Members of CTAN, a nonprofit organization of more than 150 accredited angel investors, invested more than $13.3 million into 43 startups last year. Of those, 20 were new investments and 23 were follow-on investments into existing portfolio companies. With these investment totals, the group increased its funding activity by 30 percent over 2014, though annual investment dollars dropped slightly from a high of $14.6 million in 2014. In addition, the CTAN portfolio achieved seven exits in 2015, almost doubling the group’s total exit activity since its founding in 2006.
Over the past 10 years, CTAN members have invested more than $68.4 million into 127 companies. Its top three investment industries are Information Technology and mobile software, life sciences, pharmaceutical and medical devices and consumer products, food and beverage. CTAN runs five funding cycles a year and the next deadline to apply is May 16th.Claire England, CTAN executive director and Rick Timmins, board chair of CTAN, recently answered a few questions about the organization’s activity. The two jointly answered the questions by email.
Q. SHN: What were the top five investments for last year?
A. HUVRData, Ortho Kinematics, Phunware, Savara Pharmaceuticals, Xeris Pharmaceuticals. The last four listed were follow-on round investments for CTAN portfolio companies.
Q. SHN: CTAN had seven exits in 2015 – what companies had an exit?
A. Boxer, Deep Eddy Vodka, Fantasy Sales Team, Mahana, Mustang Valley Real Estate, Texture Media, Verb Products
Q. SHN: The investment dollars dropped in 2015, what does this indicate?
A. We can’t say for certain, but we do have a some thoughts on this… First, our single largest investment ever made in a company at one time was in 2014 ($3.1 million). This made 2014 a record year; yet, when we look back over the last five years, we show a significant upward investment dollar trajectory, and 2015 continues this trend.
Second, because our members invested in so many more companies than in previous years, it’s possible that affected the overall total investment dollars slightly. Essentially, our members spread their capital across a higher total number of startups in 2015, which we think is an even better outcome for our entrepreneur ecosystem.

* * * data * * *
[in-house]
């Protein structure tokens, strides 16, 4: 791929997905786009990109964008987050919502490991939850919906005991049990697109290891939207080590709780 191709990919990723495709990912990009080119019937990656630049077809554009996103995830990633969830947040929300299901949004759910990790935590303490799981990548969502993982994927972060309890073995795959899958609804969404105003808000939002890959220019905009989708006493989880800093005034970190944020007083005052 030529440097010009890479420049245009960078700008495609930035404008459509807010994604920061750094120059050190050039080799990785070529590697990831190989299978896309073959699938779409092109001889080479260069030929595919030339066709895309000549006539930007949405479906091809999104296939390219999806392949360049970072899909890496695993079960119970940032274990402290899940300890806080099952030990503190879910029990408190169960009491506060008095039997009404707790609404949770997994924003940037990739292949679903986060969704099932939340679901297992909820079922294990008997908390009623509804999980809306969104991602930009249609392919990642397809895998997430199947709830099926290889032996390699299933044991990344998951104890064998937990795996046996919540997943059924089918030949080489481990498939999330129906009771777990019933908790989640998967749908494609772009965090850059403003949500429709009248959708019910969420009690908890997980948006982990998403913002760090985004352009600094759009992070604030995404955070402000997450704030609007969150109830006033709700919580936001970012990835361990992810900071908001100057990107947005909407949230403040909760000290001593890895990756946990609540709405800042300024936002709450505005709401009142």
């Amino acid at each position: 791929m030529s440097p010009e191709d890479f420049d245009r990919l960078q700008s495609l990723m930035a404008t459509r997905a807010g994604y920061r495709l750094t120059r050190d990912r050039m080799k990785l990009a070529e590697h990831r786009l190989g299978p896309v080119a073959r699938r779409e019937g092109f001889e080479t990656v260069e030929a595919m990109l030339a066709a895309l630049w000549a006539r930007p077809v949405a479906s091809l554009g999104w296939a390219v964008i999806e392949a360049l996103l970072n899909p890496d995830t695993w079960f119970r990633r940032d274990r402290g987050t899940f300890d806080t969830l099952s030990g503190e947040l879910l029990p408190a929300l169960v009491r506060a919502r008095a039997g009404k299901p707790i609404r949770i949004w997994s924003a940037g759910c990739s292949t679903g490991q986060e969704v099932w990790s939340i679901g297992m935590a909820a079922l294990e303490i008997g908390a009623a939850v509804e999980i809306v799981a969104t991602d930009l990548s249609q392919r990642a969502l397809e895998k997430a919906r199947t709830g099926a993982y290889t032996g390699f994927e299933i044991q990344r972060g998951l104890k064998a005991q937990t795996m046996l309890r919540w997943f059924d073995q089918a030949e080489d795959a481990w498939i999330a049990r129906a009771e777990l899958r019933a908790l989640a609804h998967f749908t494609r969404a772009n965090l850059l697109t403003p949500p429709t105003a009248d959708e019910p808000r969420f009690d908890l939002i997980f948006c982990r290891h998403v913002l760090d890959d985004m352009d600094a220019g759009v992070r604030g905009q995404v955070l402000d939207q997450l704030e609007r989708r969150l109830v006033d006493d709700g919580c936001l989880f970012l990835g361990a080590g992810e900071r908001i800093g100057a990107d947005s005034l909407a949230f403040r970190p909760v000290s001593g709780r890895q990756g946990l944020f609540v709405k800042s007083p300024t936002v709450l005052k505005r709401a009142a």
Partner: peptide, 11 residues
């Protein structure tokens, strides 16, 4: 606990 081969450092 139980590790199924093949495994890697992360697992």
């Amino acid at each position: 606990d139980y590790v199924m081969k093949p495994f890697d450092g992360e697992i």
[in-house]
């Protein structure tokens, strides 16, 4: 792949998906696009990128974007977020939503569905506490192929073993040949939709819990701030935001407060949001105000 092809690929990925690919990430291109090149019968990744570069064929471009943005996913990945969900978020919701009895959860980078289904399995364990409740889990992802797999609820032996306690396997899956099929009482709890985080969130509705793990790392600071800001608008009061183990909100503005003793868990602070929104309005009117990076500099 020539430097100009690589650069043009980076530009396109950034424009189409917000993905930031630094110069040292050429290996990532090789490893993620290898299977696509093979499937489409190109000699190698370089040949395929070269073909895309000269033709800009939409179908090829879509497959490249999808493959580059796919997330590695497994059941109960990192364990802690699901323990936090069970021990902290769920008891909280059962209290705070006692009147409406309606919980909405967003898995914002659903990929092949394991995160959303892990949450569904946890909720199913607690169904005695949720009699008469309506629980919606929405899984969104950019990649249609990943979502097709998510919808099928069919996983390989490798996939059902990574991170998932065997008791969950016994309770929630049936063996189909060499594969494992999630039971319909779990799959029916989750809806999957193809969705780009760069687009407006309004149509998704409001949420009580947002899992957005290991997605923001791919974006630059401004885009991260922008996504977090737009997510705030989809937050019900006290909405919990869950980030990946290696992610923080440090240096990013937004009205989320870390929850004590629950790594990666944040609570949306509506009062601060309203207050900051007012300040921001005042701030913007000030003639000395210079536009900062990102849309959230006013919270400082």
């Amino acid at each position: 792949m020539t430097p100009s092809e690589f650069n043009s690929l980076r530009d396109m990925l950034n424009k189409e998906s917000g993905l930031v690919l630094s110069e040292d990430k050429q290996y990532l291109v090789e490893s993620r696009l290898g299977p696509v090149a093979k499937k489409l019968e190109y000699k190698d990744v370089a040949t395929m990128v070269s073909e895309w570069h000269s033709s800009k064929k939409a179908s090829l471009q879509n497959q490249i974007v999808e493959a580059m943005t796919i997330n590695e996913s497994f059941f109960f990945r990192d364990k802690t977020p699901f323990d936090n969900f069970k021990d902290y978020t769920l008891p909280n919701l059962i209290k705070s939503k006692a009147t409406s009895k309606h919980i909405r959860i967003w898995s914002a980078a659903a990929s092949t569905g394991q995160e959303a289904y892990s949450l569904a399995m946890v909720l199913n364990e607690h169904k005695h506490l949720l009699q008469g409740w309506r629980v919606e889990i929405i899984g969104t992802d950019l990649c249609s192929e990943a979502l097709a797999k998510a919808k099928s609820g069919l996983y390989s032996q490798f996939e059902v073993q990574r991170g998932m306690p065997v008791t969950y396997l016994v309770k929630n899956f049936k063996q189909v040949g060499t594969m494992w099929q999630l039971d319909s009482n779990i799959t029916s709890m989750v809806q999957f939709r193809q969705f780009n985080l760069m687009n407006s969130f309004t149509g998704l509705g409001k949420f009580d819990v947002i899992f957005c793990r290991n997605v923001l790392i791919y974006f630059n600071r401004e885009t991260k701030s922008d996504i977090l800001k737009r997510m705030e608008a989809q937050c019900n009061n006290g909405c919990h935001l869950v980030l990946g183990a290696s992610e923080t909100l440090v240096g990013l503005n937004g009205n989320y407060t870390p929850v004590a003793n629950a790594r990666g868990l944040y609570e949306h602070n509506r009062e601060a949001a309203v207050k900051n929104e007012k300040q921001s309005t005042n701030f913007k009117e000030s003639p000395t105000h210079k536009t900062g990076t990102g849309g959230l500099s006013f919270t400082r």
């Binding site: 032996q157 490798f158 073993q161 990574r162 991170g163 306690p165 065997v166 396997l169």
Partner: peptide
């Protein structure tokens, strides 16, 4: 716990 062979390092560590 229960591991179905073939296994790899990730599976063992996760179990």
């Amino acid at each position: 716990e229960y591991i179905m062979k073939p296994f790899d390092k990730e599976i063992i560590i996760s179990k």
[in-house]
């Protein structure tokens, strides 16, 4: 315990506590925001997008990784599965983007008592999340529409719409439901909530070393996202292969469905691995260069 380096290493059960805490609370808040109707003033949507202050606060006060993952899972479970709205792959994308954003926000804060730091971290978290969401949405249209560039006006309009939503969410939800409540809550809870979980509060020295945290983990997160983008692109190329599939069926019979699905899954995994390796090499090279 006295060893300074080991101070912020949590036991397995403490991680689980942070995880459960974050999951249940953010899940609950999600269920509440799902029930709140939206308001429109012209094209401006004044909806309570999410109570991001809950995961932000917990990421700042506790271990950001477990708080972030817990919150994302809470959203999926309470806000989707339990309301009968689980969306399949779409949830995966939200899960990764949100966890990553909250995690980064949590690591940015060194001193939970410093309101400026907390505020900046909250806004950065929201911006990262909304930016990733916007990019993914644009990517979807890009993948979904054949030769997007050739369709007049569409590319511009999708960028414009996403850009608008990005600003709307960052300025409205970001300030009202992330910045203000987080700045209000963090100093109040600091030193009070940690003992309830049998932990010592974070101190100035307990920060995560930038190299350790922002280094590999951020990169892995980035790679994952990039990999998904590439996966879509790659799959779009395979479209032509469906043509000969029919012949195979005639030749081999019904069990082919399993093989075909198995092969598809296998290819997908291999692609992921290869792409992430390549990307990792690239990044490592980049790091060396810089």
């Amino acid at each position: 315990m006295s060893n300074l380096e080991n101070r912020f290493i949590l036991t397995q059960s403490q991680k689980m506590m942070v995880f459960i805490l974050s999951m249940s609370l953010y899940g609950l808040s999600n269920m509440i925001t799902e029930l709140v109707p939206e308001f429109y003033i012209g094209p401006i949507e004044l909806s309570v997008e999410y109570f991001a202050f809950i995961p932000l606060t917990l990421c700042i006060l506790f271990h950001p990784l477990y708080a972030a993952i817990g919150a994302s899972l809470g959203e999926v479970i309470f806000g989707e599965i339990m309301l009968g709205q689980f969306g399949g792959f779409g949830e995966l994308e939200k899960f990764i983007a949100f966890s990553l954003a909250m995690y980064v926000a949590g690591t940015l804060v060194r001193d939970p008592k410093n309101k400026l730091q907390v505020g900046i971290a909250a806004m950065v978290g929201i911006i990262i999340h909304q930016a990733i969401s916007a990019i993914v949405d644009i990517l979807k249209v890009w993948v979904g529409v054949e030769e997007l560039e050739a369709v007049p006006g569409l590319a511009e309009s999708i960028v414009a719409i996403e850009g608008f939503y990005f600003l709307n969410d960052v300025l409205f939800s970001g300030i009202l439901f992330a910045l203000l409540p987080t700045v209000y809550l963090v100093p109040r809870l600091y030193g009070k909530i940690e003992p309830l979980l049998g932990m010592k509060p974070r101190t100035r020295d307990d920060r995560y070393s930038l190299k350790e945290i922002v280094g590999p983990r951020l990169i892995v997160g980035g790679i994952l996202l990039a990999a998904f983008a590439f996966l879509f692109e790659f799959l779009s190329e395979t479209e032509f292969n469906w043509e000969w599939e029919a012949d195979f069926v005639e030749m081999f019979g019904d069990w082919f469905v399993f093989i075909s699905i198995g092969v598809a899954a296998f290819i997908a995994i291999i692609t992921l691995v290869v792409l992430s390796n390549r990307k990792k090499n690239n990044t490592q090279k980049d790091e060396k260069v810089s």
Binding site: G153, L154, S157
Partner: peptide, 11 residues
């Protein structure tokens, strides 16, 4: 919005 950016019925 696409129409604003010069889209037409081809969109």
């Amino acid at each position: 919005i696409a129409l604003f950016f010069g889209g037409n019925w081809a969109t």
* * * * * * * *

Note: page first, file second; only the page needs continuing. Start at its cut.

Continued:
To dive into the numbers further, the $13.3 million in 2015 still eclipsed the years prior to 2014 by a significant amount. For instance, the 2015 investment total represents a 37% increase over 2013. Simply put, the $14.6 million in 2014 was an outlier for CTAN with the largest-ever investment of $3.1 million into one company, while our overall investment growth remains very strong. Here’s the history from the past five years:
140 member investors
120 member investors
112 member investors
95 member investors
60 member investors
Q. SHN: What was the average investment size?
A. Our average investment size in 2015 was $363,000.
Q. SHN: What kind of startup is CTAN seeing as the most active?
A. We are seeing considerable variety in the type of startups in which members are investing. We have significant interest in both first-time CEOs and experienced CEOs; plus, diversity in seed-stage companies versus follow-on investment companies. Most of the companies are based in Central Texas, though we’re seeing increased deal flow from across Texas and even out-of-state.
Q. SHN: Is there any particular industry that is doing better than others?
A. We’re happy to say things look good across a variety of industries. We have an incredible diversity of experience in our membership base across multiple sectors, and it is reflected in the fact that in 2015, CTAN members invested in 12 different verticals.
Q. SHN: What would CTAN like to see from entrepreneurs in 2016?
A. Although funding is one of our principal activities, we also provide significant mentoring and advice to entrepreneurs pre-funding. We would like to see more entrepreneurs take advantage of this opportunity, especially by attending the Entrepreneurs Workshop that we provide to companies coming through each funding cycle. We strongly believe that mentoring and advising can improve outcomes, not only in terms of completing funding but also in long-term organizational success for startups.
Q. SHN: There’s been a lot of talk about a funding shortage in Austin for startups. What is CTAN’s opinion on this? Do your startups have trouble raising additional funds after the first stage from investors?
A. We have a policy to welcome back startups for further follow-on funding once they have received a seed investment from CTAN. These are our portfolio companies, which we seek to support in a number of ways, in addition to follow-on funding. Many of our portfolio founders take advantage of this funding opportunity. In fact, more than 50% of our funding in the last two years has been devoted to follow-on round investing for CTAN portfolio companies.
However, that said, there is still a shortage of capital in the Austin market as entrepreneurs attempt to raise funds beyond the early-stage rounds on which CTAN is focused. This has even been documented by a study released last year of funding in major metropolitan communities, including Austin.
Q. SHN: Anything else you would like to add or make a point of?
A. We think the best way to keep our momentum of increased investment activity going in 2016 is by growing our membership on an even more significant scale than in past years. We intend to do this by letting potential angel investors know about our strong deal flow, structured funding cycles, and first-class due diligence. We have an education program with topics and tools for investors of all experience levels; plus our member orientation and experienced mentors make it easier for those less experienced in angel investing to get started. The more individuals, couples, family offices, and investment groups that get involved in CTAN, the more capital we can deploy in seed-stage funding in our region.